Mou Waho Island | Wanaka

By New Zealand Trails

5 minute read

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Where is Mou Waho Island and why should you visit? For starters, it’s one of only five islands found on Lake Wanaka and it is perhaps one of the most unique lake islands anywhere in New Zealand. The area that surrounds Wanaka, New Zealand is one of the most beautiful regions in the country, and Mou Waho can only be reached by boat, making it extra special! Wanaka is the gateway to Mount Aspiring National Park, an area of such exceptional beauty that all of our New Zealand hiking tours on the South Island make a stop there.

Like so many places in our incredibly photogenic country, Lake Wanaka and Mou Waho Island will have your jaw dropping and camera clicking! Wanaka, New Zealand's fourth-largest lake, is 42 kilometres (26 miles) long and was carved by a glacier in the last ice age 10,000 years ago. The lake borders Mt Aspiring National Park and is surrounded by high country stations (ranches), all of which make for million-dollar views everywhere you look. We think it’s pretty special and hope you agree.

Mou Waho Island

Welcome to this piece of paradise, Mou Waho Island, on Lake Wanaka New Zealand.

Fun facts about Mou Waho Island

It is an island, in a lake, in an island, in a lake, in an island in the ocean!

On the island of Mou Waho, there is a small lake. It’s situated near the peak of the island, Tyrwhitt Peak. It only takes about an hour or so of walking to reach and it’s a great place to stop for morning tea. Whilst enjoying a hot beverage, you can also take in a perfect view of the lake.

The Arethusa Pool can be spotted from here and it has a small rocky island in the middle. From a little further past your rest spot, slightly higher up the track, we have a perfect view of the whole arrangement, the small island in Arethusa Pool, Mou Waho Island itself, Lake Wanaka and the last island in the line-up, the South Island of New Zealand - the island, in a lake, in an island, in a lake, in an island in the ocean.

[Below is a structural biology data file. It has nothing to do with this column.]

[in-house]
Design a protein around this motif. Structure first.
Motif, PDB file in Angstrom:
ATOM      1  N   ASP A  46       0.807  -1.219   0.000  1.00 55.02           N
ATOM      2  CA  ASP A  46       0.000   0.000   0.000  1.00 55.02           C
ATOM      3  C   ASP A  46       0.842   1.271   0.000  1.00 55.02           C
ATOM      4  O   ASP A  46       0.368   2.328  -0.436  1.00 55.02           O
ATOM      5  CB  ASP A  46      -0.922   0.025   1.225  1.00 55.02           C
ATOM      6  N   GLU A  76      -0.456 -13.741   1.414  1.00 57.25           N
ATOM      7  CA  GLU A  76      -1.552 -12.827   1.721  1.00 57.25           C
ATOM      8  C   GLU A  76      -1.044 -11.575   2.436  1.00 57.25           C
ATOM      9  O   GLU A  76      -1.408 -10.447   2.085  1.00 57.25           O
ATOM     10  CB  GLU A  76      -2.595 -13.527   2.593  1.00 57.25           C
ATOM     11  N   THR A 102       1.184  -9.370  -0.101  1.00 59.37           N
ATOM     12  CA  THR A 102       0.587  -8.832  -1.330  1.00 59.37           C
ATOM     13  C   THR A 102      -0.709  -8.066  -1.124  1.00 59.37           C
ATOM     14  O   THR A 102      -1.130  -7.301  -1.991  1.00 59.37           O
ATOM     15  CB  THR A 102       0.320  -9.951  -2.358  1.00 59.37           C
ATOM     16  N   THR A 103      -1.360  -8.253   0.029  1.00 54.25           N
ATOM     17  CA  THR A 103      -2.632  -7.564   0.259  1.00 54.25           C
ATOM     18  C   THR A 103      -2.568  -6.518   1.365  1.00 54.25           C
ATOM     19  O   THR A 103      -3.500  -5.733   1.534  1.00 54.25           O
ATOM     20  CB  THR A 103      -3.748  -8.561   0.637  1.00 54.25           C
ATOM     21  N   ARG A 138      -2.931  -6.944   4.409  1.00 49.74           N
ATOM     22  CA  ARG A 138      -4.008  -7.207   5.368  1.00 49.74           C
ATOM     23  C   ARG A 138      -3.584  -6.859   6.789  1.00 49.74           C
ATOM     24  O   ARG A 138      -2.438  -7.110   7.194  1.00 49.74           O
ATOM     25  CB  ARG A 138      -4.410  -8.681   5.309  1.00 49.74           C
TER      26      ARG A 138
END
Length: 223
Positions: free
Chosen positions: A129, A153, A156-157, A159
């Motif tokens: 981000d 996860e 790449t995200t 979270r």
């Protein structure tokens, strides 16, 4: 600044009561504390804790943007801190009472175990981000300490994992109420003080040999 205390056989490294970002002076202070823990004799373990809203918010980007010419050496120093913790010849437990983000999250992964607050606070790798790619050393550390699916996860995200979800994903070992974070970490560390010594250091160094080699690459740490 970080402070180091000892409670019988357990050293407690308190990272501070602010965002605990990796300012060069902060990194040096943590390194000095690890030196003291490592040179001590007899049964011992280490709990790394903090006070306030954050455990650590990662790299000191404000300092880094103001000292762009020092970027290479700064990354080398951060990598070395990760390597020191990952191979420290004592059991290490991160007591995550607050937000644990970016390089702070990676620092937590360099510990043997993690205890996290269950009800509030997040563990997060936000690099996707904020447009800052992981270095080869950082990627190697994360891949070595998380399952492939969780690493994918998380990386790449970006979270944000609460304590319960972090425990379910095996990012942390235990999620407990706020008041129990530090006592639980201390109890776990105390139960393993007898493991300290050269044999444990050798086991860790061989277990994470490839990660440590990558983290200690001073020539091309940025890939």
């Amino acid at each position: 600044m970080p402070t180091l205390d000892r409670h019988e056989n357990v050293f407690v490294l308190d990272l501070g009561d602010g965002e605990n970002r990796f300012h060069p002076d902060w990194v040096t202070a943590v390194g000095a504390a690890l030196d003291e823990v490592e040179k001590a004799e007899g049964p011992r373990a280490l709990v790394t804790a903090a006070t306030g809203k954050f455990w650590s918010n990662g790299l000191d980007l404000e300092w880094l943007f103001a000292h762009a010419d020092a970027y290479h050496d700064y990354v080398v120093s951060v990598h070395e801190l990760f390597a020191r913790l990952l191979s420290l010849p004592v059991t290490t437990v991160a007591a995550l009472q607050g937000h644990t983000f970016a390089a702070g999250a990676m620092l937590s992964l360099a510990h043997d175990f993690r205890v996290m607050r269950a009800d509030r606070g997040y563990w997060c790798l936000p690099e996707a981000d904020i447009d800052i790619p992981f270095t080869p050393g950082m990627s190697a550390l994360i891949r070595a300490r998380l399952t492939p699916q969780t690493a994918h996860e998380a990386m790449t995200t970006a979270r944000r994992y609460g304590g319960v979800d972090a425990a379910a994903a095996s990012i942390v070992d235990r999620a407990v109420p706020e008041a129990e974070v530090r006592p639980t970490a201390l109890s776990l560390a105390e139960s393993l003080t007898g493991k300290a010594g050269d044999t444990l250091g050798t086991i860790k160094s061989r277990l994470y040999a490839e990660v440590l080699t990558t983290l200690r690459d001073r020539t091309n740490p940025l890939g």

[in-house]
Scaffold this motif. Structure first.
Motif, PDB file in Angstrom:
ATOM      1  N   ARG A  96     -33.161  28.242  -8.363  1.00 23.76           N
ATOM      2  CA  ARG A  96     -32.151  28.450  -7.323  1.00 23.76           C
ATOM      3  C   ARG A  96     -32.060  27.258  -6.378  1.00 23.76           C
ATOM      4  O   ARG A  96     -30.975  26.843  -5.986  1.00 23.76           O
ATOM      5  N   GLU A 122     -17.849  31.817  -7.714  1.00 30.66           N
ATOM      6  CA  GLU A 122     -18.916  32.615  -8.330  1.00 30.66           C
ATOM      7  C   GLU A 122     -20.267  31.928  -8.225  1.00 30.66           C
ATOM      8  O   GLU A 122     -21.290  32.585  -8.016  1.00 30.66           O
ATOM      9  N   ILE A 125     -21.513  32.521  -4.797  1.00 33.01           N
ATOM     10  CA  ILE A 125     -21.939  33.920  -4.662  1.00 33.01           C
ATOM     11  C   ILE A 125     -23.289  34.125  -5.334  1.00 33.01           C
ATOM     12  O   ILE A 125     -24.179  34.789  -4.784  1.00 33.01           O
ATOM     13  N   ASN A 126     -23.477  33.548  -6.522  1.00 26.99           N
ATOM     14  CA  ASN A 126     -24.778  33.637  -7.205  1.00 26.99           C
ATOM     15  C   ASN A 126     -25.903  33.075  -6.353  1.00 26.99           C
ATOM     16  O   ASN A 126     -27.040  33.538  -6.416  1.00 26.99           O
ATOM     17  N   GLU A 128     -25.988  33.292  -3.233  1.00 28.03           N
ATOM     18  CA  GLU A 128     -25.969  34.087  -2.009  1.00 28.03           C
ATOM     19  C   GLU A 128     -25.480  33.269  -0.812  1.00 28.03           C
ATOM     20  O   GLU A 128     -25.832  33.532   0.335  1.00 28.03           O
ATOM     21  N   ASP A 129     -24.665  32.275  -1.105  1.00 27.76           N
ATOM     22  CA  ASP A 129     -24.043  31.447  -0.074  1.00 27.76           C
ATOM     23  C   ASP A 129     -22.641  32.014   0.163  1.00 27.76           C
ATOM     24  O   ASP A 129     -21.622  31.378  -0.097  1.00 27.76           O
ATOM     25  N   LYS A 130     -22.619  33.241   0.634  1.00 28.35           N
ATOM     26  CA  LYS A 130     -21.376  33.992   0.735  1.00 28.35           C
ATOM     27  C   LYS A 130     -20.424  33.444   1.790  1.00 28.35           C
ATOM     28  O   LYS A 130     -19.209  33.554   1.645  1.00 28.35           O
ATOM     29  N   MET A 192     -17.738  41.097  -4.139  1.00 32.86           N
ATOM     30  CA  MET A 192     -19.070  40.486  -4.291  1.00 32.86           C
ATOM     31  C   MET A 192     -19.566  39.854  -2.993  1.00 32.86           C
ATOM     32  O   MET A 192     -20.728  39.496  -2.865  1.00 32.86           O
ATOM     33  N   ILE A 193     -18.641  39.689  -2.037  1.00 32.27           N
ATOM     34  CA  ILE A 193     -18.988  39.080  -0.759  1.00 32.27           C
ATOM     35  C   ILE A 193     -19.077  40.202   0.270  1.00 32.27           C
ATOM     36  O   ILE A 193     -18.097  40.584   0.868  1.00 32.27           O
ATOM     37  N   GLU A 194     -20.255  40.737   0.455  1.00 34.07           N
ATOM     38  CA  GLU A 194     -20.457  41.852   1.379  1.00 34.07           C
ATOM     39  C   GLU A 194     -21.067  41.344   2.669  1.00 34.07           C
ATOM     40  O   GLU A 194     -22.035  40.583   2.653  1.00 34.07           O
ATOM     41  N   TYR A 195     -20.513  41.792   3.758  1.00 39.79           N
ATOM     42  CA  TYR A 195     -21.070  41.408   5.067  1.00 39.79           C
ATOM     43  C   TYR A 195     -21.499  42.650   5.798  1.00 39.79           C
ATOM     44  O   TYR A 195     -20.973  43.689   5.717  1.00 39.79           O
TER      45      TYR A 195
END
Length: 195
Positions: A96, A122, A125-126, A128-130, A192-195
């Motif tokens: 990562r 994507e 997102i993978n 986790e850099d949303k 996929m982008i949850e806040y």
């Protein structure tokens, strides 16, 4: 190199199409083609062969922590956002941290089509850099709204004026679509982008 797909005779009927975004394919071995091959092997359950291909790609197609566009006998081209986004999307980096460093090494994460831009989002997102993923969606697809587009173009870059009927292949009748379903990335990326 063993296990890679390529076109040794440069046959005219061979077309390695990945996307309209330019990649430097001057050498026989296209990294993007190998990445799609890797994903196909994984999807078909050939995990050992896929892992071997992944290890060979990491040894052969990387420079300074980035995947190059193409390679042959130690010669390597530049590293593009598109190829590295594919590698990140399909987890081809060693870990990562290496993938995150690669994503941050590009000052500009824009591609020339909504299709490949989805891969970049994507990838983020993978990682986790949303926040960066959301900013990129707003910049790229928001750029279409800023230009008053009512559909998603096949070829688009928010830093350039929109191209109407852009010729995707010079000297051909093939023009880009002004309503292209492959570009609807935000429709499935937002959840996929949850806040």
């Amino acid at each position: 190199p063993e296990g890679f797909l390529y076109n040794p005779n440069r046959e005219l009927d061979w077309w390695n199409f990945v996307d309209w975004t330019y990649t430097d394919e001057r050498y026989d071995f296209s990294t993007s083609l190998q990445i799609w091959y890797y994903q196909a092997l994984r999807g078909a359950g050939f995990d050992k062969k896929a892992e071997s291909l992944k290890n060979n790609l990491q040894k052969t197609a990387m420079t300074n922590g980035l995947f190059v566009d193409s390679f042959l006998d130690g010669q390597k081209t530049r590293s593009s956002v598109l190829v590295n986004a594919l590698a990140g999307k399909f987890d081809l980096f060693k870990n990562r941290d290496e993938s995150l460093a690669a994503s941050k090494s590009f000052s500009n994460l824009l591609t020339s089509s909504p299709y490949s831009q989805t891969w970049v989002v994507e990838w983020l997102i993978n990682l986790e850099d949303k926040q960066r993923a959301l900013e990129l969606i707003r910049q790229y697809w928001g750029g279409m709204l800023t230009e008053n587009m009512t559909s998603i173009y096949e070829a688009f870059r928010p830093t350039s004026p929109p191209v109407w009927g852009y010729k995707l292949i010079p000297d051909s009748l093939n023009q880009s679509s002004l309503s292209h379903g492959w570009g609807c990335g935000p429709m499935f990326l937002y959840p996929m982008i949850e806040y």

It’s a formation that isn't often encountered and we guarantee it will bring a smile to your face as you look at photos from your trip once you are home!

It’s an eco-sanctuary

Mou Waho Island has been granted special protection by the New Zealand Department of Conservation as a scientific reserve and is the focal point for the actions of a community-based conservation group. The island has been cleared of introduced pests such as rats, stoats and possums, thus making it a 'safe' area for the native birdlife to live and breed. These pests are not native to New Zealand. Unfortunately, most New Zealand birdlife have no natural defences against keen hunters like the stoat, making them easy prey. With introduced pests now ensconced throughout most of mainland New Zealand, these island sanctuaries represent the best chance for endangered birdlife to flourish in a pest-free environment.

The logic behind island sanctuaries is quite simple. Once a place is cleared of pests, it is much easier to control visitors to areas that can only be accessed by boat, thereby reducing the chance of an unwelcome hitchhiker making it to land. Local birdlife is free to live and nest without the risk of predation, which increases the chances of their young making it to adulthood and strengthening the species. Native birdlife including the bellbird, fantail, New Zealand falcon, wood pigeon, tomtit, grey warbler, wax eye and weka are common and can be seen at close quarters on Mou Waho.

Another interesting project on the island is the 'Weta Motels' - habitats made especially for the weta by students from the local high school. Weta are a large endemic insect whose history actually dates back to before the dinosaurs! Despite introduced pests being eradicated from the island, threats still exist. For the weta this comes in the form of the native birdlife, meaning that protection for them is now required, thus the 'Weta Motel' was born. Would you fancy staying with a weta for the night?